The Downside and Truth About "Free"
publication date: Jul 7, 2009
I read the book, Free: The Future of a Radical Price (Hyperion) by Chris Anderson, hoping for a balanced discussion about the upside and downside of "free" content taken from both a company's and consumer's perspective and was sorely disappointed. The book is nothing more than a slapped together, superficial summary about how wonderful it supposedly is for companies to give away things for free and find other ways to soak consumers.
Free is poorly written and researched so I wasn't surprised to recently learn that much of the book's content was plagiarized from Wikipedia (the "free" online reference that is well known for being rife with errors and bias) among other sources! Waldo Jaquith of the Virginia Quarterly Review exposed the extensive plagiarism in Free. "Though reproducing words or original ideas from any uncredited source is widely defined as plagiarism, using text from Wikipedia presents an even more significant problem than reproducing traditional copyrighted text...Anderson would be required to credit all contributors to the quoted passages, license his modifications under the Creative Commons Attribution-ShareAlike license, note that the original work has been modified, and provide the text of or a link to the Creative Commons Attribution-ShareAlike license. Anderson has not done any of these things in Free," says Jaquith.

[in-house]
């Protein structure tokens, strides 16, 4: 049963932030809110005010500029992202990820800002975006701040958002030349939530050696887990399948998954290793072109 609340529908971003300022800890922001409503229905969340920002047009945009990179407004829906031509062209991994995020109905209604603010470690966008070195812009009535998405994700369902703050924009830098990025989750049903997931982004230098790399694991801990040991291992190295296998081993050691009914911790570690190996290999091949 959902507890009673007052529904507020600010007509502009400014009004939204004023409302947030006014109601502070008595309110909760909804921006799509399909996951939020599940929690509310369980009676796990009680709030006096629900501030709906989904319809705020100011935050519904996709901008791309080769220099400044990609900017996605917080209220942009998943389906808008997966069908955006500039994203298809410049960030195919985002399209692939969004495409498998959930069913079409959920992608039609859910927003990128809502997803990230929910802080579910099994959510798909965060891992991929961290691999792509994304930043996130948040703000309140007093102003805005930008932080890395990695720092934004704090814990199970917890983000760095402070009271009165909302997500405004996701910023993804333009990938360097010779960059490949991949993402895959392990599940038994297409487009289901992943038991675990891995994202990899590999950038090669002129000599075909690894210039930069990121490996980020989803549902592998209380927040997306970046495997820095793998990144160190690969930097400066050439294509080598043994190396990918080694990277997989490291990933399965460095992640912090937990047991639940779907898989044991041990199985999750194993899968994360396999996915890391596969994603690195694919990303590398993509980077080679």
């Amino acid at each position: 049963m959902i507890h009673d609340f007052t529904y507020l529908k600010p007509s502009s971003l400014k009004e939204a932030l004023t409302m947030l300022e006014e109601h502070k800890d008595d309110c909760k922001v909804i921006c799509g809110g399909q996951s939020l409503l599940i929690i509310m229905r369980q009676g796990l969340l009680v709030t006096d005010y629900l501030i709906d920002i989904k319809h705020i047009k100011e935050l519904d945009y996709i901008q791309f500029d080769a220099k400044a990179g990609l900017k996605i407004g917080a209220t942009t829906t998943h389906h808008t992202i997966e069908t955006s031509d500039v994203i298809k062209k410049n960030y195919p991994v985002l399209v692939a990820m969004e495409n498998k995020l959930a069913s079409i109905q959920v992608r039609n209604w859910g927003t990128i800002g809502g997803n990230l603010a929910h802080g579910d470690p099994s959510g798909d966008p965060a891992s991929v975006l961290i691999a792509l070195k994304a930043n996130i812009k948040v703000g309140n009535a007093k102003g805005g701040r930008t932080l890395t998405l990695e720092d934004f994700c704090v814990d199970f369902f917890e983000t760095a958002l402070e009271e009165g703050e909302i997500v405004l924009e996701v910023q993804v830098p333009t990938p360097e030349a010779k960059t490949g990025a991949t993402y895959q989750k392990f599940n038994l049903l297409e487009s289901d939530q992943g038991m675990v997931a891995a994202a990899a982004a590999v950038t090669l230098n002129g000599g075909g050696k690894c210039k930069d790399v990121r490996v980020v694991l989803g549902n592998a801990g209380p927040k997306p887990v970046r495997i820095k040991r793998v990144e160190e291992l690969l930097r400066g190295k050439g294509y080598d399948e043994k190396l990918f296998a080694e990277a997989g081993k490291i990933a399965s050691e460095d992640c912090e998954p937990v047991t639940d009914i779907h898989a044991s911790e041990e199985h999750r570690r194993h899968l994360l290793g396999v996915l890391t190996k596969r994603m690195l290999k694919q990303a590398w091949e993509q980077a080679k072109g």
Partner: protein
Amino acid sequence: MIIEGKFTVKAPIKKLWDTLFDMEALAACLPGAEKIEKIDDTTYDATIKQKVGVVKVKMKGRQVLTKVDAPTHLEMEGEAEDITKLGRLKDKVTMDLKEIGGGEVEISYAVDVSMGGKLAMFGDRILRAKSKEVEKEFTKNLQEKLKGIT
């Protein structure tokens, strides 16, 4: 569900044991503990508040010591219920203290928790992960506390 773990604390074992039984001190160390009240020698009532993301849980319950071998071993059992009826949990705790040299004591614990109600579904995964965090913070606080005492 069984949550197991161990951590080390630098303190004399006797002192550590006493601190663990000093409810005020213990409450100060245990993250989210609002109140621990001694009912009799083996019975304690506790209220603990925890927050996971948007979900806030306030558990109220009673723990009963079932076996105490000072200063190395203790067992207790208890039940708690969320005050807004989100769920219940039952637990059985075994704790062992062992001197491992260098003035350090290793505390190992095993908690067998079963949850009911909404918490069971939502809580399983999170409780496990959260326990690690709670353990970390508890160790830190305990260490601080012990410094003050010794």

I've written about "free" financial content online and exposed what goes on behind the scenes. There is no discussion about the downside for consumers of "free" in Anderson's book. I wonder why the author didn't give away his book for free? I wonder why he doesn't go to doctors who give away their service for free?